The car battery repair is not a solution to move a wrench.
| Challenges for auto repair shops |

  Specialized equipment, including high-voltage equipment, computerized diagnostic instruments and safety devices, require huge investments. Cadillac, a GM brand, has reportedly told its dealers across the U.S. that they will need to spend an average of $200,000 on specialized equipment and personnel training if they want to remain competitive given the brand’s transition to pure electrification. Some dealers have given up on this, but others see an opportunity to expand their business, the industry report said.
  Many garages are reluctant to make this investment, especially small repair shops that mainly repair old cars. Compared to fuel cars, the loss of parts in new energy vehicles is minimal, and combined with high reliability, they require less maintenance services and can naturally bring lower profits to the garage. A fuel car’s powertrain (engine, transmission and transfer case) typically uses 2,000 parts, while a new energy car may only need 20.
  This difference in the structure of the car has a huge impact on the revenue of the repair shop. McKinsey & Company believes that new energy vehicles may reduce U.S. dealers’ parts revenue by 40%. At the same time, pure electric cars do not need to change the oil and spark plugs, and daily maintenance costs will certainly be greatly reduced. Porsche Taycan, for example, its maintenance costs are 30% lower than the same type of fuel car. In addition, many upgrade maintenance projects can be completed as long as the network, owners do not even have to make a special trip to the 4S store.
| The crisis of auto mechanics |

  Peter Lake, Porsche’s after-sales manager, said that battery repair may be able to compensate to some extent for the loss of revenue from other service items. He also mentioned that Porsche plans to divide its new energy vehicle repair technicians into three levels: Level 1 technicians are responsible for the daily maintenance of the vehicle; Level 2 technicians are responsible for the loading and unloading of the entire battery; but only Level 3 technicians, who have received the highest level of training, are qualified to disassemble the battery for repair. In Porsche’s view, dealers with three-level technicians can become the local battery repair center, to provide battery repair services to other dealers with only one and two-level technicians. Porsche is also planning to introduce a “walk-in” service, where qualified technicians can provide on-site assistance to multiple workshops.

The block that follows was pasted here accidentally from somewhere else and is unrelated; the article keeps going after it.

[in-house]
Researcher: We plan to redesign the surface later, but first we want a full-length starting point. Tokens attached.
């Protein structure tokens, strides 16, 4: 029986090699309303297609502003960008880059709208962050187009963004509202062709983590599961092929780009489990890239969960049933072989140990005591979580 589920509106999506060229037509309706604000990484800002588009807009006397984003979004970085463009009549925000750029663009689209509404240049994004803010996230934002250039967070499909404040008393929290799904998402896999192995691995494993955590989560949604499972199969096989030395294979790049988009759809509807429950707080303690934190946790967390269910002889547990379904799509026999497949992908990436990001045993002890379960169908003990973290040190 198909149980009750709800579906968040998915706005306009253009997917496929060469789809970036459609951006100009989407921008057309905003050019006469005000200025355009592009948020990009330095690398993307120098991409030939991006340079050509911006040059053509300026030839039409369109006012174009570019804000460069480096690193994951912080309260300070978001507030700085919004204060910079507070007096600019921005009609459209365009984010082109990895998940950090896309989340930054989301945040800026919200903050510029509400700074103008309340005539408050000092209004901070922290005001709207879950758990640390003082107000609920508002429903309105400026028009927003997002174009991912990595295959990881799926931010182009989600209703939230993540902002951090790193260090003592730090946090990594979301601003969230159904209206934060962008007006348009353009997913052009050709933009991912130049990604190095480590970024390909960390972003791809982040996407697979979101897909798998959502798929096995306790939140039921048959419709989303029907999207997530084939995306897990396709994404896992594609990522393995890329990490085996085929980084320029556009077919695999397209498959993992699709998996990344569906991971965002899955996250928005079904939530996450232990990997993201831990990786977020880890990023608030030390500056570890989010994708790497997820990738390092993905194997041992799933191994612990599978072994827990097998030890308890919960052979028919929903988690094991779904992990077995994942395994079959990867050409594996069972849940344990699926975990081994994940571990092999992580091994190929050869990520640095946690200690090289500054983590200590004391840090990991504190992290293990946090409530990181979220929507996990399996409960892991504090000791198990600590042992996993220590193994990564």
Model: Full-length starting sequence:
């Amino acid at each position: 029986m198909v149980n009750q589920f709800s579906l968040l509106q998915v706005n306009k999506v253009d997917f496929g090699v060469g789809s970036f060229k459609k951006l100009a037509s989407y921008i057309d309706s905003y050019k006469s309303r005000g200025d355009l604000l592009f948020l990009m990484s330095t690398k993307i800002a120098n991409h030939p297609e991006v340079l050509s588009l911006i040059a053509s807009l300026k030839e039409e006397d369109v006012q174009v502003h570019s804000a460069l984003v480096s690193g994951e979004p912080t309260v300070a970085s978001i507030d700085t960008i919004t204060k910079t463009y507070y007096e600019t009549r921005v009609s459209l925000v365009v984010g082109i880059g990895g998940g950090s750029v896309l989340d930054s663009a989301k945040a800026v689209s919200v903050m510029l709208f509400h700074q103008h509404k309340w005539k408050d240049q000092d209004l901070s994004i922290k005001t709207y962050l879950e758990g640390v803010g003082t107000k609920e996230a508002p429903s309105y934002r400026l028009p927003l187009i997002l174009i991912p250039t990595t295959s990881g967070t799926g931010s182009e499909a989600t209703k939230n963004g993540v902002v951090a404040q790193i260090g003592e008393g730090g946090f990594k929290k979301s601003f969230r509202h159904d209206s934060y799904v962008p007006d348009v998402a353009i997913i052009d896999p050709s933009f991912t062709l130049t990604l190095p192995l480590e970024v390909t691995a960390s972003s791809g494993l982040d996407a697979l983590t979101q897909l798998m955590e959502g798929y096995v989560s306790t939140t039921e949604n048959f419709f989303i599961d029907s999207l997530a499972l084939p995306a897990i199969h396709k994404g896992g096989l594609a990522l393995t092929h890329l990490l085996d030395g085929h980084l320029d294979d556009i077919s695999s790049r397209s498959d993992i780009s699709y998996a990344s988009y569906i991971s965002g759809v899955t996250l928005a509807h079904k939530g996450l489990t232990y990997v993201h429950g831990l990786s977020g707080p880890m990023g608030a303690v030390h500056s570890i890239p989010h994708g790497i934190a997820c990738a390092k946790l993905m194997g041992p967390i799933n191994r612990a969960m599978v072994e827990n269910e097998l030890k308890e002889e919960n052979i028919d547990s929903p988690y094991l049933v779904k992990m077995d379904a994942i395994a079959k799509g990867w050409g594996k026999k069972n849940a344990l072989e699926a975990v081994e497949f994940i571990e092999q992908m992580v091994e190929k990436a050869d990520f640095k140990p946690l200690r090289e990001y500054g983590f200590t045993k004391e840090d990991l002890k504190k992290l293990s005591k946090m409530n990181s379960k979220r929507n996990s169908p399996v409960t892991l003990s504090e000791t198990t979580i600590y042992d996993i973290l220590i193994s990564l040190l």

As automotive technology evolves, repair shops will face even greater challenges. As with aircraft, the car’s growing number of sensors can more closely monitor the car’s performance, before the failure of the corresponding preventive maintenance appointments for it automatically. While self-driving technology is not yet fully mature, one day new energy vehicles will be able to drive themselves to repair shops to deal with breakdowns.
  Of course, disruptive technology also means new opportunities. When Tesla was founded, Elon Musk was just a layman in the auto industry, and in 2008, Tesla released its first new energy vehicle, the Roadster, after which a host of companies in other fields became interested in electric vehicle repair services.
  Pete Gruber began providing repair services for the Roadster in 2013. Gruber Auto Repair, located in Phoenix, Arizona, has grown to become an independent Tesla service center. With the help of self-developed special tools and test equipment, the company got the right to operate the Tesla electronics and battery repair services. According to Gruber, he was successful because he previously ran a related company for 30 years. That company specializes in repairing high-voltage power systems for data centers, which is arguably closely related to what he is currently doing. In addition, Gruber Automotive Repair has its own research and development lab. Gruber specifically notes, “The average skilled worker can’t do this job.” So, auto mechanics, be careful, you are afraid of unemployment is already a stone’s throw away.